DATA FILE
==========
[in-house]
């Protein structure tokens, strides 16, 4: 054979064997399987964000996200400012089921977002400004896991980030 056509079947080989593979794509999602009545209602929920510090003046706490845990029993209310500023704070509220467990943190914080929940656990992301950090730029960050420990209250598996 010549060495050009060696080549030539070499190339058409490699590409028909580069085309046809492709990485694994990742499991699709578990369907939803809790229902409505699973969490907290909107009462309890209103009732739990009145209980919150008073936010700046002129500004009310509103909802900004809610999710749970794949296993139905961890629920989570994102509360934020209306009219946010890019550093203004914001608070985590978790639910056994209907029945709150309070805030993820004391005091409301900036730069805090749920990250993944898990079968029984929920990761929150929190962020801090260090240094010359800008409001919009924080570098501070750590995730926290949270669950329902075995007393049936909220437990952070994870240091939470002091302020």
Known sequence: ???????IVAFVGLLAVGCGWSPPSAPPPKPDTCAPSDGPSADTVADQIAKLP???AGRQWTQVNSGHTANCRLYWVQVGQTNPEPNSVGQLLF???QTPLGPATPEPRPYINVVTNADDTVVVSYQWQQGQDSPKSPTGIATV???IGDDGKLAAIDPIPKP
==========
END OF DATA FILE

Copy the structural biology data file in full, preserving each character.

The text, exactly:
[in-house]
């Protein structure tokens, strides 16, 4: 054979064997399987964000996200400012089921977002400004896991980030 056509079947080989593979794509999602009545209602929920510090003046706490845990029993209310500023704070509220467990943190914080929940656990992301950090730029960050420990209250598996 010549060495050009060696080549030539070499190339058409490699590409028909580069085309046809492709990485694994990742499991699709578990369907939803809790229902409505699973969490907290909107009462309890209103009732739990009145209980919150008073936010700046002129500004009310509103909802900004809610999710749970794949296993139905961890629920989570994102509360934020209306009219946010890019550093203004914001608070985590978790639910056994209907029945709150309070805030993820004391005091409301900036730069805090749920990250993944898990079968029984929920990761929150929190962020801090260090240094010359800008409001919009924080570098501070750590995730926290949270669950329902075995007393049936909220437990952070994870240091939470002091302020």
Known sequence: ???????IVAFVGLLAVGCGWSPPSAPPPKPDTCAPSDGPSADTVADQIAKLP???AGRQWTQVNSGHTANCRLYWVQVGQTNPEPNSVGQLLF???QTPLGPATPEPRPYINVVTNADDTVVVSYQWQQGQDSPKSPTGIATV???IGDDGKLAAIDPIPKP